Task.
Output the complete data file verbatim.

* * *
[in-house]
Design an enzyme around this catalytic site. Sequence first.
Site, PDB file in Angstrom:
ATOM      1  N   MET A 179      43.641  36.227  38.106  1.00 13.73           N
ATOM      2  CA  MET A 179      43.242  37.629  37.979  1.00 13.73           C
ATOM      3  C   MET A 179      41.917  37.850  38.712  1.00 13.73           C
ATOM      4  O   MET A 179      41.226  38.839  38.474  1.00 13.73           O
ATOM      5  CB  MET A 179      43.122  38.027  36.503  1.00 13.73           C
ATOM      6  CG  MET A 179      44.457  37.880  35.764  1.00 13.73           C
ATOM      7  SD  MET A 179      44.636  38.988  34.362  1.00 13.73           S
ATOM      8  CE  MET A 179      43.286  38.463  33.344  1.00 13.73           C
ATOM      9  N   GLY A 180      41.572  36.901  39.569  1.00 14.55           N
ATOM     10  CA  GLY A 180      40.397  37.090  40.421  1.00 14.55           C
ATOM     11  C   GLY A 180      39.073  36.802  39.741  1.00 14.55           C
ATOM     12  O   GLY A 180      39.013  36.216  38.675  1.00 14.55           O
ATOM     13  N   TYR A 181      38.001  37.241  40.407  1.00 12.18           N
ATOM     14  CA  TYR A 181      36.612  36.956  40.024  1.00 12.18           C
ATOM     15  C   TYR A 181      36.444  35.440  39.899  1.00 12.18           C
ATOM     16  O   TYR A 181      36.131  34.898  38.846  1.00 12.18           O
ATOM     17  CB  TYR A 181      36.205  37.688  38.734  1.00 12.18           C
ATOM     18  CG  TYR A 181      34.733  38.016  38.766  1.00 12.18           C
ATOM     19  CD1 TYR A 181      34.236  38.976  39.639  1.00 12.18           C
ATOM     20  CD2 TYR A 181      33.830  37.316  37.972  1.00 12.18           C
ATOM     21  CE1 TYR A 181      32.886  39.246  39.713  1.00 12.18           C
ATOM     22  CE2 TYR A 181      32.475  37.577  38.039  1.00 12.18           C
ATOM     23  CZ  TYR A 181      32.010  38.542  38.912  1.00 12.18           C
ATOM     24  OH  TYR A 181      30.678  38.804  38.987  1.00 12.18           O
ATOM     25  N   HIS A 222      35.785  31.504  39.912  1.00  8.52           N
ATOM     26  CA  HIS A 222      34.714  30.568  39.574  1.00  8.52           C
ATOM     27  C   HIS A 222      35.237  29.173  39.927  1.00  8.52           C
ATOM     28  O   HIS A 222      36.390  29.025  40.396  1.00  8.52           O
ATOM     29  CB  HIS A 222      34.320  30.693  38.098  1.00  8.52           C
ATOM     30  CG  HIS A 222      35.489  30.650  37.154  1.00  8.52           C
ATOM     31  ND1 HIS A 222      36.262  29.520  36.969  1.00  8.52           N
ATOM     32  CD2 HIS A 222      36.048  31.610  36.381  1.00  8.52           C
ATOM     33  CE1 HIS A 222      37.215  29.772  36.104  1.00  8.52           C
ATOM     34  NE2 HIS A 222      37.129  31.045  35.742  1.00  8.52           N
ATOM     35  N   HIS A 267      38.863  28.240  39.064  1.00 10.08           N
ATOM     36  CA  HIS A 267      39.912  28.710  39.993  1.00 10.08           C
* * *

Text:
[in-house]
Design an enzyme around this catalytic site. Sequence first.
Site, PDB file in Angstrom:
ATOM      1  N   MET A 179      43.641  36.227  38.106  1.00 13.73           N
ATOM      2  CA  MET A 179      43.242  37.629  37.979  1.00 13.73           C
ATOM      3  C   MET A 179      41.917  37.850  38.712  1.00 13.73           C
ATOM      4  O   MET A 179      41.226  38.839  38.474  1.00 13.73           O
ATOM      5  CB  MET A 179      43.122  38.027  36.503  1.00 13.73           C
ATOM      6  CG  MET A 179      44.457  37.880  35.764  1.00 13.73           C
ATOM      7  SD  MET A 179      44.636  38.988  34.362  1.00 13.73           S
ATOM      8  CE  MET A 179      43.286  38.463  33.344  1.00 13.73           C
ATOM      9  N   GLY A 180      41.572  36.901  39.569  1.00 14.55           N
ATOM     10  CA  GLY A 180      40.397  37.090  40.421  1.00 14.55           C
ATOM     11  C   GLY A 180      39.073  36.802  39.741  1.00 14.55           C
ATOM     12  O   GLY A 180      39.013  36.216  38.675  1.00 14.55           O
ATOM     13  N   TYR A 181      38.001  37.241  40.407  1.00 12.18           N
ATOM     14  CA  TYR A 181      36.612  36.956  40.024  1.00 12.18           C
ATOM     15  C   TYR A 181      36.444  35.440  39.899  1.00 12.18           C
ATOM     16  O   TYR A 181      36.131  34.898  38.846  1.00 12.18           O
ATOM     17  CB  TYR A 181      36.205  37.688  38.734  1.00 12.18           C
ATOM     18  CG  TYR A 181      34.733  38.016  38.766  1.00 12.18           C
ATOM     19  CD1 TYR A 181      34.236  38.976  39.639  1.00 12.18           C
ATOM     20  CD2 TYR A 181      33.830  37.316  37.972  1.00 12.18           C
ATOM     21  CE1 TYR A 181      32.886  39.246  39.713  1.00 12.18           C
ATOM     22  CE2 TYR A 181      32.475  37.577  38.039  1.00 12.18           C
ATOM     23  CZ  TYR A 181      32.010  38.542  38.912  1.00 12.18           C
ATOM     24  OH  TYR A 181      30.678  38.804  38.987  1.00 12.18           O
ATOM     25  N   HIS A 222      35.785  31.504  39.912  1.00  8.52           N
ATOM     26  CA  HIS A 222      34.714  30.568  39.574  1.00  8.52           C
ATOM     27  C   HIS A 222      35.237  29.173  39.927  1.00  8.52           C
ATOM     28  O   HIS A 222      36.390  29.025  40.396  1.00  8.52           O
ATOM     29  CB  HIS A 222      34.320  30.693  38.098  1.00  8.52           C
ATOM     30  CG  HIS A 222      35.489  30.650  37.154  1.00  8.52           C
ATOM     31  ND1 HIS A 222      36.262  29.520  36.969  1.00  8.52           N
ATOM     32  CD2 HIS A 222      36.048  31.610  36.381  1.00  8.52           C
ATOM     33  CE1 HIS A 222      37.215  29.772  36.104  1.00  8.52           C
ATOM     34  NE2 HIS A 222      37.129  31.045  35.742  1.00  8.52           N
ATOM     35  N   HIS A 267      38.863  28.240  39.064  1.00 10.08           N
ATOM     36  CA  HIS A 267      39.912  28.710  39.993  1.00 10.08           C